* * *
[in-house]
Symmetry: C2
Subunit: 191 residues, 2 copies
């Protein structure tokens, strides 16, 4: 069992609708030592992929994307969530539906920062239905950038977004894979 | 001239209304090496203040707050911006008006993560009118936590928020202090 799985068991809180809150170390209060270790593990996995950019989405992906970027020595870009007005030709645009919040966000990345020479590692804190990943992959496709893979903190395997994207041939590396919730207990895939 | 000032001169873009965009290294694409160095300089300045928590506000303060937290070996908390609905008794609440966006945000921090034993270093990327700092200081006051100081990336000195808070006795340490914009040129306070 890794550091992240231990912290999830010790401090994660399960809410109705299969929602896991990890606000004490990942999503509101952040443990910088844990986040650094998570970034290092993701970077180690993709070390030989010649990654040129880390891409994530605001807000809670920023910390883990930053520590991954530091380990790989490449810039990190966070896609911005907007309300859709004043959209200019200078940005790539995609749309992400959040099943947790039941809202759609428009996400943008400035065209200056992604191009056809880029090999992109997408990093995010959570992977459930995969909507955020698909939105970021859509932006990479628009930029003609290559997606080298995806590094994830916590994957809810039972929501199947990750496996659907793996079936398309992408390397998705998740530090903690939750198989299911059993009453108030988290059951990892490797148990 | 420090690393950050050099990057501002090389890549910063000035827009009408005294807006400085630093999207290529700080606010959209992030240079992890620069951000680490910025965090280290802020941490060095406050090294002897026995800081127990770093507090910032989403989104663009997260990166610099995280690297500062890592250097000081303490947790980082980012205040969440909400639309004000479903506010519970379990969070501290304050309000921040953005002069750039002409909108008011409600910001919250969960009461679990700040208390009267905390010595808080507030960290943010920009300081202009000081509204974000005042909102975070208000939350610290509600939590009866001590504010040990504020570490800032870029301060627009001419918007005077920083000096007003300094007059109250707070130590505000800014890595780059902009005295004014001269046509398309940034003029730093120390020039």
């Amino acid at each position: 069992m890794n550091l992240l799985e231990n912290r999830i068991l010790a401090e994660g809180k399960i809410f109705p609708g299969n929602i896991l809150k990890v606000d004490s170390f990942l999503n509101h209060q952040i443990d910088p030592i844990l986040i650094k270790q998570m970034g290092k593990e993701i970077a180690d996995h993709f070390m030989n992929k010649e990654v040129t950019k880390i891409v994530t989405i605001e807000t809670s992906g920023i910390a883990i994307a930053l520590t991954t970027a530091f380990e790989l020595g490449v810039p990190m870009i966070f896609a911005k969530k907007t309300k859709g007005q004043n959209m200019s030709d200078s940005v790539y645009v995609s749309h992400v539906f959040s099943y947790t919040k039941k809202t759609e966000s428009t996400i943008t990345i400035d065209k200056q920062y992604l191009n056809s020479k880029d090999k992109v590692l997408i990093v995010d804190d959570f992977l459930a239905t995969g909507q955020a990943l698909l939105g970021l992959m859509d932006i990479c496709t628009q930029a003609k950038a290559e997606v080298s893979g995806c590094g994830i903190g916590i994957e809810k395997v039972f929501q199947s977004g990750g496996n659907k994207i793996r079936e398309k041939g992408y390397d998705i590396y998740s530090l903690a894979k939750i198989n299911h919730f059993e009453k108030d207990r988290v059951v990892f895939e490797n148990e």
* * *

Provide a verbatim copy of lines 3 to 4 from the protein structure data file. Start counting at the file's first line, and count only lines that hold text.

Subunit: 191 residues, 2 copies
């Protein structure tokens, strides 16, 4: 069992609708030592992929994307969530539906920062239905950038977004894979 | 001239209304090496203040707050911006008006993560009118936590928020202090 799985068991809180809150170390209060270790593990996995950019989405992906970027020595870009007005030709645009919040966000990345020479590692804190990943992959496709893979903190395997994207041939590396919730207990895939 | 000032001169873009965009290294694409160095300089300045928590506000303060937290070996908390609905008794609440966006945000921090034993270093990327700092200081006051100081990336000195808070006795340490914009040129306070 890794550091992240231990912290999830010790401090994660399960809410109705299969929602896991990890606000004490990942999503509101952040443990910088844990986040650094998570970034290092993701970077180690993709070390030989010649990654040129880390891409994530605001807000809670920023910390883990930053520590991954530091380990790989490449810039990190966070896609911005907007309300859709004043959209200019200078940005790539995609749309992400959040099943947790039941809202759609428009996400943008400035065209200056992604191009056809880029090999992109997408990093995010959570992977459930995969909507955020698909939105970021859509932006990479628009930029003609290559997606080298995806590094994830916590994957809810039972929501199947990750496996659907793996079936398309992408390397998705998740530090903690939750198989299911059993009453108030988290059951990892490797148990 | 420090690393950050050099990057501002090389890549910063000035827009009408005294807006400085630093999207290529700080606010959209992030240079992890620069951000680490910025965090280290802020941490060095406050090294002897026995800081127990770093507090910032989403989104663009997260990166610099995280690297500062890592250097000081303490947790980082980012205040969440909400639309004000479903506010519970379990969070501290304050309000921040953005002069750039002409909108008011409600910001919250969960009461679990700040208390009267905390010595808080507030960290943010920009300081202009000081509204974000005042909102975070208000939350610290509600939590009866001590504010040990504020570490800032870029301060627009001419918007005077920083000096007003300094007059109250707070130590505000800014890595780059902009005295004014001269046509398309940034003029730093120390020039």